Apple’s Ad Blockers Rile Publishers
Apple’s Ad Blockers Rile Publishers
New iOS lets users halt ads on mobile devices, posing a challenge to publishers and
By DAISUKE WAKABAYASHI and JACK MARSHALL
Aug. 30, 2015 6:47 p.m. ET
Apple Inc.’s move to make it easier to block ads on iPhones and iPads is troubling publishers and heightening tensions with its Silicon Valley neighbors.
The next version of Apple’s mobile-operating system, due out as early as next month, will let users install apps that prevent ads from appearing in its Safari browser.
Putting such “ad blockers” within reach of hundreds of millions of iPhone and iPad users threatens to disrupt the $70 billion annual mobile-marketing business, where many publishers and tech firms hope to generate far more revenue from a growing mobile audience. If fewer users see ads, publishers—and other players such as ad networks—will reap less revenue.
The move also is a competitive weapon against Apple rival Google Inc., which makes more money from Internet advertising than any other company in the world.
Making ad blockers available on iOS, one of two main smartphone-operating systems, is expected to prompt more consumers to use the technology. The benefits of blocking ads arguably are greater on smartphones than on personal computers, because they can reduce the clutter on small screens and help pages load faster.
“Apple is going to create a massive consumer appetite for blocking ads,” said Sean Blanchfield, chief executive of PageFair, a company that helps publishers combat ad blocking.
Apple’s is a more lucrative audience. Users on iOS spend more money on their devices than those on Google’s Android operating system, making them more desirable to advertisers.
Ad blockers have long been available for Web browsers on personal computers, and have attracted a small but loyal following. Users can surf the Web without seeing banner ads, advertised links on search results or commercials before online videos. Apple permits ad blockers on its Safari browser for PCs.
About 6% of global Internet users employ ad blockers, according to an August report by PageFair and Adobe Systems Inc. That report said 198 million users ran ad blockers in June 2015, up 40% from a year earlier. Wells Fargo analyst Peter Stabler estimates that ad blockers will reduce spending on Internet ads by $12.5 billion world-wide in 2016.
“The ad-blocking problem is real and growing, and ad-blocking on iOS is only going to accelerate it,” said Jason Kint, CEO of Digital Content Next, an association of digital publishers.
Apple isn’t powering the ad-blocking software itself. Instead, it is allowing outside developers to write programs to work with the browser in its iOS 9. That means users must find an ad-blocking app and install it, an extra step that may deter some people.
Apple describes the apps as “content blocking,” because they can prevent images or other parts of a Web page from loading, as well as advertising.
Apple says it won’t allow ad blocking within apps, because ads inside apps don’t compromise performance as they do on the browser. That distinction serves Apple’s interests. It takes a 30% cut on money generated from apps, and has a business serving ads inside apps.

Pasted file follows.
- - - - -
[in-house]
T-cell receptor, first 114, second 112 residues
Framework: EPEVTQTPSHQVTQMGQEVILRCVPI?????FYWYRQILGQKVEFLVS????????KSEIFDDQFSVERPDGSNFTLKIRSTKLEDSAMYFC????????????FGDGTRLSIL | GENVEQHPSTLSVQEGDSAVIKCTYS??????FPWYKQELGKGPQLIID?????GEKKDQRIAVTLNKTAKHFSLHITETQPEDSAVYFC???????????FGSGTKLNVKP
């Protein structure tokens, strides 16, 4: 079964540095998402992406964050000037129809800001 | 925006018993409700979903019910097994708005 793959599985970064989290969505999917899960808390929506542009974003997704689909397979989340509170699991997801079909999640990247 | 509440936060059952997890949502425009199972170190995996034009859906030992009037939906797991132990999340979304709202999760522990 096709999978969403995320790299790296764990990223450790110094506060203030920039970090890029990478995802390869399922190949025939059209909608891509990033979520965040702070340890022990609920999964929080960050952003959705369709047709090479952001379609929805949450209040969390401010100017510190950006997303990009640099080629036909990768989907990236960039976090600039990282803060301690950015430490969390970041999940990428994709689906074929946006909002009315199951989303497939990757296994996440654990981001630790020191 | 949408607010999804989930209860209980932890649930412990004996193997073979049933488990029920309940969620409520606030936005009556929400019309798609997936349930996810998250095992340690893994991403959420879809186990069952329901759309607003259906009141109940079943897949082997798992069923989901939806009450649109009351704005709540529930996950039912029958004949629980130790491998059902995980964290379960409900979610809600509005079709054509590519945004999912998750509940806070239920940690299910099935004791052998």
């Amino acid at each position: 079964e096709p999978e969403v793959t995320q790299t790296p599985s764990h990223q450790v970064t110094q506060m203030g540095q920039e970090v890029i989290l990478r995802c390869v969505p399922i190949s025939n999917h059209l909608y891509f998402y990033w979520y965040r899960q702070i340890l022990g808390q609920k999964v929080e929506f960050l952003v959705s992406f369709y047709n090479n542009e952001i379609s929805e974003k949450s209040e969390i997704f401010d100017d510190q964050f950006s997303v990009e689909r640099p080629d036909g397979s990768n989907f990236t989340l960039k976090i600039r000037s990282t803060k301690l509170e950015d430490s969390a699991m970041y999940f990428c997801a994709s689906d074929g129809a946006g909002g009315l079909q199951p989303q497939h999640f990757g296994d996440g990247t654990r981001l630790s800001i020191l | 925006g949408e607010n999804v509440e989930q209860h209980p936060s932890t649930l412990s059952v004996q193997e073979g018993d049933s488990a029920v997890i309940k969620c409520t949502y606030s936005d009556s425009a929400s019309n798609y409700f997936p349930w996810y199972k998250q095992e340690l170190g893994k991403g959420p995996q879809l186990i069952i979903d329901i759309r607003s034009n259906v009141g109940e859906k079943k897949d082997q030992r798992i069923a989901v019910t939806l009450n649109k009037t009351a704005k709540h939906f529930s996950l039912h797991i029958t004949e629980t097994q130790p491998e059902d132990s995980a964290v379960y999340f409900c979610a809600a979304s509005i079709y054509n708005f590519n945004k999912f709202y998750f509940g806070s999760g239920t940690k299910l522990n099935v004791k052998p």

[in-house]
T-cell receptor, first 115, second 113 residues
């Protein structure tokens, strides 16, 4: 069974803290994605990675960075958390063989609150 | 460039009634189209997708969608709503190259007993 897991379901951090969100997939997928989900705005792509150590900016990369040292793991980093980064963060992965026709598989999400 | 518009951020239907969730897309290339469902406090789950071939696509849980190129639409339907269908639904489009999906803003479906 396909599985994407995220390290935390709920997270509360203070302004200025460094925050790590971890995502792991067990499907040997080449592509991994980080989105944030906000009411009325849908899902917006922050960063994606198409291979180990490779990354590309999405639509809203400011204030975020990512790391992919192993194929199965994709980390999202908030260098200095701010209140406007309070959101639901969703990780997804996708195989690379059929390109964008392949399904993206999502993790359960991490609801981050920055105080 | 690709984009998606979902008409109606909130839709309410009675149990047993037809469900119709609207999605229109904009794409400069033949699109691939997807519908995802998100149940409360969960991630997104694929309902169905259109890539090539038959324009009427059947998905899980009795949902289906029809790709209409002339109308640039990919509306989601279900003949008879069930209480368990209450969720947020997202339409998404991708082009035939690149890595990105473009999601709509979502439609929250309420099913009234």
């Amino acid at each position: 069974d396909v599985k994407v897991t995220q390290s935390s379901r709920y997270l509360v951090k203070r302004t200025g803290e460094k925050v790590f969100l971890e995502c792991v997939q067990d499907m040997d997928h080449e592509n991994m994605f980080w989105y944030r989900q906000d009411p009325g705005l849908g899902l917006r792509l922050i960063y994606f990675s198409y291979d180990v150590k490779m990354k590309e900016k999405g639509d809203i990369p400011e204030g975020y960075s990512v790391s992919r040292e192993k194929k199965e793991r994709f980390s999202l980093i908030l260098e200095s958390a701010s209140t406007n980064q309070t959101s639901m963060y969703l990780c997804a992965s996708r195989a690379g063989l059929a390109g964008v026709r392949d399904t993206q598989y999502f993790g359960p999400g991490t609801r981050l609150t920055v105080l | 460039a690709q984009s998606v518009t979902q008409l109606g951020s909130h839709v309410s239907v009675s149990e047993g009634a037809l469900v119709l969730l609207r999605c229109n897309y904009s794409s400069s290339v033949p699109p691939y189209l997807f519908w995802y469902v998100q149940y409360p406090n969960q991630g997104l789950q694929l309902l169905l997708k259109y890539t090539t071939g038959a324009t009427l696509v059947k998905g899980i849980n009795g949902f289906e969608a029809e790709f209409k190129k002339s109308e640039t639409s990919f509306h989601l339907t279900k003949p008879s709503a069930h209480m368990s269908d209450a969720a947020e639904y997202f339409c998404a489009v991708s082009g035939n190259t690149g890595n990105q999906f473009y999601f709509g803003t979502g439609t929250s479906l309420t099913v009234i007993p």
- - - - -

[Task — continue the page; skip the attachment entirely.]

What’s more, iOS 9 will include an Apple News app, which will host articles from major news publishers. Apple may receive a share of the revenue from ads that accompany those articles.
One concern for publishers is that ad-blocking software may provide users with a better experience, free from auto-play videos and hidden trackers that follow users around the Internet.
Dean Murphy, a developer who is creating an ad-blocking app called Crystal for iOS 9, said it can improve performance dramatically. In tests, he said the websites of 10 news organizations loaded nearly four times faster with the ad blocker and used 53% less data.
But Mr. Murphy said he feels conflicted, because publishers will lose advertising revenue.
“I can see the publisher side of this. This is how they monetize their business,” he said. “The way I justify it to myself is the mobile Web is just so cluttered that something needs to be done about it.”
Apple’s support of ad blockers puts the company further at odds with Google. Over the past year, Apple CEO Tim Cook has repeatedly criticized the data-collection practices of technology companies, such as Google, that personalize advertising for users.
In a June speech, Mr. Cook said some prominent Silicon Valley companies had lulled consumers into complacency about their personal information and delivered a warning. “You’re not the customer. You’re the product,” he said.
Google permits ad blockers in its Chrome browser for personal computers, even though that hurts its own ad business. For now, it’s not as easy to block ads inside Chrome on mobile devices.
Google declined to comment for this article. At its annual shareholder meeting in June, Chief Executive Larry Page said, “We’ve been dealing with ad blocking for long time.” He said marketers need to “get better at producing ads that are less annoying and that are quicker to load,” pointing to search ads as an example.
Mr. Stabler, the Wells Fargo analyst, said Google is more exposed to the threat of ad blockers than companies with heavily used apps, such as Facebook Inc. While Google has many popular apps on iOS including Google Maps, YouTube and Gmail, many users still access services like search in a mobile browser.
“It seems like this is part of the ongoing tussle between these two entities,” said Mr. Stabler. “It’s yet another arrow that Apple can put into the ankle of Google.”
Write to Daisuke Wakabayashi at Daisuke.Wakabayashi@wsj.com and Jack Marshall at Jack.Marshall@wsj.com